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From: David Abrahams (dave_at_[hidden])
Date: 2005-08-22 09:38:45

David Abrahams <dave_at_[hidden]> writes:

> Aleksey Gurtovoy <agurtovoy_at_[hidden]> writes:
>> David Abrahams writes:
>>> Aleksey Gurtovoy <agurtovoy_at_[hidden]> writes:
>>>> make a wrapper toolset file which includes the version and
>>>> platform information in its name and place it in the same directory
>>>> with "".
>>> This technique isn't working for me. Neither is
>>> "--bjam-options=-sBOOST_BUILD_PATH=/path/to/my/toolset/file".
>>> In both cases bjam reports that the toolset isn't found.
>> Does it work for you if you copy the bjam command line from the
>> '' log and execute it on its own (from the script's
>> directory)?
> Kinda hard to do that since IIRC the image of boost gets cleaned up
> for me after the build fails. If I get a moment I'll look again.

I guess IDRC.

>> If not, either the command line is wrong, or something in
>> bjam is broken.

The command line is wrong. You're using Unix-style path separators (":")
instead of windows-style (";") in setting up BOOST_BUILD_PATH.

python -c "import os ; help(os.path)"

  Help on module ntpath:

      ntpath - Common pathname manipulations, WindowsNT/95 version.



      __all__ = ['normcase', 'isabs', 'join', 'splitdrive', 'split', 'splite...
      altsep = '/'
      curdir = '.'
      defpath = r'.;C:\bin'
      devnull = 'nul'
      extsep = '.'
      pardir = '..'
      pathsep = ';'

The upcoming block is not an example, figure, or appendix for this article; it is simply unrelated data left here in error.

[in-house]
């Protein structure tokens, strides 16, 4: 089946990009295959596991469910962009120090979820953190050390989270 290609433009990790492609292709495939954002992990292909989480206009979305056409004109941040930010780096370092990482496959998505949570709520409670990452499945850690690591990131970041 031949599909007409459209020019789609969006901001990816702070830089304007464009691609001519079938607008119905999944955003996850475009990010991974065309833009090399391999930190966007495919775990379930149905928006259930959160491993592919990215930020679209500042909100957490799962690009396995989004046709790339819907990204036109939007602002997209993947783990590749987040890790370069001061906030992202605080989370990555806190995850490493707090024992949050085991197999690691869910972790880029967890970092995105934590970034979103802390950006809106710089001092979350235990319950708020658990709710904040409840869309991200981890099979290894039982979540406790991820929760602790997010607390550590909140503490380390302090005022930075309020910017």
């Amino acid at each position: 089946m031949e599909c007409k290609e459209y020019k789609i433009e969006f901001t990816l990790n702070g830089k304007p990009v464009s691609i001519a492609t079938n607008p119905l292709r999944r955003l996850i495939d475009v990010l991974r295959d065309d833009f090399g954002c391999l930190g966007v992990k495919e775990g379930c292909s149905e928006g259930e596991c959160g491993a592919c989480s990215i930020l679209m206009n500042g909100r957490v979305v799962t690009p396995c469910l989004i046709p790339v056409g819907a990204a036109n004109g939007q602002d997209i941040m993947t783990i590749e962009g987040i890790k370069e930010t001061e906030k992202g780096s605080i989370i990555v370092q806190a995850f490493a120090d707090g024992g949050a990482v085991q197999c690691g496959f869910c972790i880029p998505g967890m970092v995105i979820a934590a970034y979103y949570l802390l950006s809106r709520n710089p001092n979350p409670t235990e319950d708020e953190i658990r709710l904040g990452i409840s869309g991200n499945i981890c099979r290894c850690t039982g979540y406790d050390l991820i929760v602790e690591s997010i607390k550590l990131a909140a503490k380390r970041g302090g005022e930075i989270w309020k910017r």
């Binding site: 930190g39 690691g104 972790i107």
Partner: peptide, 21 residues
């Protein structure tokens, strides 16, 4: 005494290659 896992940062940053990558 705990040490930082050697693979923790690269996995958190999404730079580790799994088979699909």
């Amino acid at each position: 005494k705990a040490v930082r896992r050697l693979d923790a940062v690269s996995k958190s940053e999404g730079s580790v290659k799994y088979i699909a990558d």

sep = r'\'
      supports_unicode_filenames = True

I'd try to fix it myself, but I honestly don't know how multiple path
elements get into the bjam command line, from looking at the code:

  def bjam_command( toolsets ):
      build_path = regression_root
      if build_path[-1] == '\\': build_path += '\\'
      result = '"%s" "-sBOOST_BUILD_PATH=%s" "-sBOOST_ROOT=%s"'\
        % (
            tool_path( bjam )
          , build_path
          , boost_root
Unless regression_root is somehow a list of paths(?)...

>> In either case, you are more qualified to say which
>> one it is ;).

Not this time ;)

>>> So now I'm wondering how to use my own toolset.
>>> Aside: I found it surprising that downloads the tarball
>>> into the directory where the script is, rather than into the current
>>> directory when it was invoked. At least, that's what it says it's
>>> doing ;-)
>> Yep, that's what it's doing. Why did you find it surprising? After
>> all, the first line of the installation docs says:
>> * Download regression driver from here
>> ( and put it in the directory where you
>> ^^^^^^^^^^^^^^^^^^^^^^^^^^^^^^^^^
>> want all the regression test files to be placed.
>> ^^^^^^^^^^^^^^^^^^^^^^^^^^^^^^^^^^^^^^^^^^^^^^^^
> It's just a slightly surprising design decision from my POV because I
> always have an image of Boost lying around. The "obvious" interface
> would have be doing cd $(TEMP) followed by python
> $(BOOST_ROOT)/status/xsl_reports/runner/

Also, let me point out, there isn't much precedent for the location of
the script being a factor unless it's part of a larger package and
needs to find its brethren. There's nothing *wrong* with the current
behavior per-se, but well, my expectations were for something
different, and I got it wrong the first few times. Just an
ease-of-use datapoint.

Dave Abrahams
Boost Consulting

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